These days, most serious web sites are based around a platform generally called "CMS", or content management system. Thanks to this, it becomes easy to publish, unpublish and manage contents. Furthermore, each CMS has a template layer and tons of extensions. That means your web site can be expanded with new features in a matter of minutes. So easy, all is great. Do we still need a designer, then?
While I often hear people claiming the computer does everything, the answer to the above question is yes. Let's see some general situations deduced from my own experience.
Installing → While a CMS may appear as easy to use, some technical skills are required to set it up for the first time.
Initial set up → You're given a template and a few extensions. Once installed, extensions may show issues with your template or may even not work at all with your host.
Running and using → You want to achieve a specific layout and make further small tweaks to the template and to the extensions. Last but not least, while there are intuitive editors available, these tend to generate bad XHTML code.
Here comes the web designer or the web developer: a professional figure with a solid background in graphic design, information architecture and interaction design. Because each web design project is going to need some expert hands. A while ago, a colleague of the Laboratory of Visual Culture told me the CMS must not decide what I cannot do or how I should design the contents. She was right: the designer has the necessary training to see where changes are necessary and to decide for the best layout for each page.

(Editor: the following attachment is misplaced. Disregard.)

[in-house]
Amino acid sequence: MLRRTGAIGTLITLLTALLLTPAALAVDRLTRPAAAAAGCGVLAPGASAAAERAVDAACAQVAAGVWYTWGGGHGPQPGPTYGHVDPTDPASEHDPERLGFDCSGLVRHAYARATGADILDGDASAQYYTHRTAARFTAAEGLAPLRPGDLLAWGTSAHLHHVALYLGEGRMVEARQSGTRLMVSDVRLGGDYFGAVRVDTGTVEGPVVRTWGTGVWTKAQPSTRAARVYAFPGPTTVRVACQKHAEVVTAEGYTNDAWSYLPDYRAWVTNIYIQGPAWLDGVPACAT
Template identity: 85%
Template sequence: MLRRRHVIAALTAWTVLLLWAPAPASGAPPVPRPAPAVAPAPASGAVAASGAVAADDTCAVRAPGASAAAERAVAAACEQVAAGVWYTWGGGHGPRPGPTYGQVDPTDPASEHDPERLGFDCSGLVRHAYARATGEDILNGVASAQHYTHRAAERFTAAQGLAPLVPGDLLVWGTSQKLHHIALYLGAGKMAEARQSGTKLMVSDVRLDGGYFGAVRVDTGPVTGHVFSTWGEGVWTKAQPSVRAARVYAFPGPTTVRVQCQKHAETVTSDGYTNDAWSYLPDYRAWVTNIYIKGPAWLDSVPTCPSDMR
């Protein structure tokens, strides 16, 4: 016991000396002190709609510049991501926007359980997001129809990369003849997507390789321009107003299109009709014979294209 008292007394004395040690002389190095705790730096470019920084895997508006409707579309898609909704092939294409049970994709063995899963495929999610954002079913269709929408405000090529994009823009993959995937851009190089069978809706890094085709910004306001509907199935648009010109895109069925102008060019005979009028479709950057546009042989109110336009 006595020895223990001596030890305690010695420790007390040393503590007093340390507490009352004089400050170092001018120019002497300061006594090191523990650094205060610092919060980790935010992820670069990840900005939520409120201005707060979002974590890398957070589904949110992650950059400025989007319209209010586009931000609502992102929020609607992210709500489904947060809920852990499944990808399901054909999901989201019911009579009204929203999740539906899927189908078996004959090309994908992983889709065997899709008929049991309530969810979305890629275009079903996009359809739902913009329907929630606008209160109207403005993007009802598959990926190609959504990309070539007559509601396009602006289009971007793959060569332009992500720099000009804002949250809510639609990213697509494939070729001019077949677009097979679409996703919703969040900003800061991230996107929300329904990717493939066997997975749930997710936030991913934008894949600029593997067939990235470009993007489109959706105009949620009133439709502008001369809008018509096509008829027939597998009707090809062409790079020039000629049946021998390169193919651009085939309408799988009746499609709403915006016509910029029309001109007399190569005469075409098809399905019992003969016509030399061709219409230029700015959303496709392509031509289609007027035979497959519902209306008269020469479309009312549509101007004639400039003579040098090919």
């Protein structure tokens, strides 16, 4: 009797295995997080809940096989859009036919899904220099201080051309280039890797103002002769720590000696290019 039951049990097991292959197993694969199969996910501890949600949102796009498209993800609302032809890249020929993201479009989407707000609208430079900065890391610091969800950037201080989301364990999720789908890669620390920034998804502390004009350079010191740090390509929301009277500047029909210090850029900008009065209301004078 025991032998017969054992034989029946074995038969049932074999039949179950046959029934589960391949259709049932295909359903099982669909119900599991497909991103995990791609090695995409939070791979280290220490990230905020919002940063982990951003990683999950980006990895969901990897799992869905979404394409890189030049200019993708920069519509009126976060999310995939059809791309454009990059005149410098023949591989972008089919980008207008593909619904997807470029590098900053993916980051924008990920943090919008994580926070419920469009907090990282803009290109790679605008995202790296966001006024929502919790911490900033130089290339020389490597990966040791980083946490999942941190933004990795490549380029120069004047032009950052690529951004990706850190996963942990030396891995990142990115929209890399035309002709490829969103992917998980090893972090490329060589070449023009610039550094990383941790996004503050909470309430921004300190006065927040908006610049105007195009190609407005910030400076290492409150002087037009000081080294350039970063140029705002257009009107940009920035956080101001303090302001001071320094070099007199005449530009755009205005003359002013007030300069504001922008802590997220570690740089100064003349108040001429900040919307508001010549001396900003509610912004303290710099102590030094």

For example, let's take the Master of Advanced Studies in Interaction Design project: when not plain descriptive texts, for most pages I went for a custom layout by writing my own XHTML and CSS. I used inline DIVs for the portfolio page, two columns for the Teachers page and a special solution for the Courses section. In many cases, I've had to decide whether to use a sidebar or not and what to insert into it. That means I did not stop at what the CMS allowed me to do (copy and paste a text).
So, in my own personal opinion, a designer is still needed today. Now more than ever, because the CMS has brought complexity along with simplicity.blog comments powered by Disqus